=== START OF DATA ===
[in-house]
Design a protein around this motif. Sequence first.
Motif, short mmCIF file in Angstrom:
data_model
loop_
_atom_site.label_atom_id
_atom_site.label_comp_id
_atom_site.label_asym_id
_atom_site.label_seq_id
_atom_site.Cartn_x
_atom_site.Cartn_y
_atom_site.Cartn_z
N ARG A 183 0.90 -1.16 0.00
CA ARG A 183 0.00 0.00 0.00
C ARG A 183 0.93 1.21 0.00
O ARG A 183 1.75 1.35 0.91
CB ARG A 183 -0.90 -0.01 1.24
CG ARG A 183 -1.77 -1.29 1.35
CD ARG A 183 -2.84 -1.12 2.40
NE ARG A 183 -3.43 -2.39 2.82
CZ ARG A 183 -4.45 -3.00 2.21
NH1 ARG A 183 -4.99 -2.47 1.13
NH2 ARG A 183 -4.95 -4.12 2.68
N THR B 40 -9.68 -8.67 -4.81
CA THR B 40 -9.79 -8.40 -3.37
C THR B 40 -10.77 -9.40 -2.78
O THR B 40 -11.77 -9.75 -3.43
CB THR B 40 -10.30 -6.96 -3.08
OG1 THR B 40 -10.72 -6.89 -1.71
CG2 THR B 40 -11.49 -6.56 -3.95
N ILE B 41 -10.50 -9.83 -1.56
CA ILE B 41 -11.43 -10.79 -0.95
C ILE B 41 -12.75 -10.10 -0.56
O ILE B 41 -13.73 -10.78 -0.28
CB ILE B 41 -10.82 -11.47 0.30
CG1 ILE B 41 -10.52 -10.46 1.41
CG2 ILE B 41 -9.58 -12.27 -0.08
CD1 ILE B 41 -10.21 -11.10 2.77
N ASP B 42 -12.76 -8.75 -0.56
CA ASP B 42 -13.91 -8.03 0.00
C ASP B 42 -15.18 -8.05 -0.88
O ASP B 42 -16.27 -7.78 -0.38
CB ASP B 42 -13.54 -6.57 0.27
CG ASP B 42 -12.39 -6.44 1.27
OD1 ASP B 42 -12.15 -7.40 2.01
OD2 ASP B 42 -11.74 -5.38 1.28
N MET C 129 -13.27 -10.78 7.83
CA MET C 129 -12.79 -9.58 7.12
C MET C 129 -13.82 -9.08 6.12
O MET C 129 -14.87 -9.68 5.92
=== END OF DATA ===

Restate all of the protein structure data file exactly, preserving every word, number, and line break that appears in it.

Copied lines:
[in-house]
Design a protein around this motif. Sequence first.
Motif, short mmCIF file in Angstrom:
data_model
loop_
_atom_site.label_atom_id
_atom_site.label_comp_id
_atom_site.label_asym_id
_atom_site.label_seq_id
_atom_site.Cartn_x
_atom_site.Cartn_y
_atom_site.Cartn_z
N ARG A 183 0.90 -1.16 0.00
CA ARG A 183 0.00 0.00 0.00
C ARG A 183 0.93 1.21 0.00
O ARG A 183 1.75 1.35 0.91
CB ARG A 183 -0.90 -0.01 1.24
CG ARG A 183 -1.77 -1.29 1.35
CD ARG A 183 -2.84 -1.12 2.40
NE ARG A 183 -3.43 -2.39 2.82
CZ ARG A 183 -4.45 -3.00 2.21
NH1 ARG A 183 -4.99 -2.47 1.13
NH2 ARG A 183 -4.95 -4.12 2.68
N THR B 40 -9.68 -8.67 -4.81
CA THR B 40 -9.79 -8.40 -3.37
C THR B 40 -10.77 -9.40 -2.78
O THR B 40 -11.77 -9.75 -3.43
CB THR B 40 -10.30 -6.96 -3.08
OG1 THR B 40 -10.72 -6.89 -1.71
CG2 THR B 40 -11.49 -6.56 -3.95
N ILE B 41 -10.50 -9.83 -1.56
CA ILE B 41 -11.43 -10.79 -0.95
C ILE B 41 -12.75 -10.10 -0.56
O ILE B 41 -13.73 -10.78 -0.28
CB ILE B 41 -10.82 -11.47 0.30
CG1 ILE B 41 -10.52 -10.46 1.41
CG2 ILE B 41 -9.58 -12.27 -0.08
CD1 ILE B 41 -10.21 -11.10 2.77
N ASP B 42 -12.76 -8.75 -0.56
CA ASP B 42 -13.91 -8.03 0.00
C ASP B 42 -15.18 -8.05 -0.88
O ASP B 42 -16.27 -7.78 -0.38
CB ASP B 42 -13.54 -6.57 0.27
CG ASP B 42 -12.39 -6.44 1.27
OD1 ASP B 42 -12.15 -7.40 2.01
OD2 ASP B 42 -11.74 -5.38 1.28
N MET C 129 -13.27 -10.78 7.83
CA MET C 129 -12.79 -9.58 7.12
C MET C 129 -13.82 -9.08 6.12
O MET C 129 -14.87 -9.68 5.92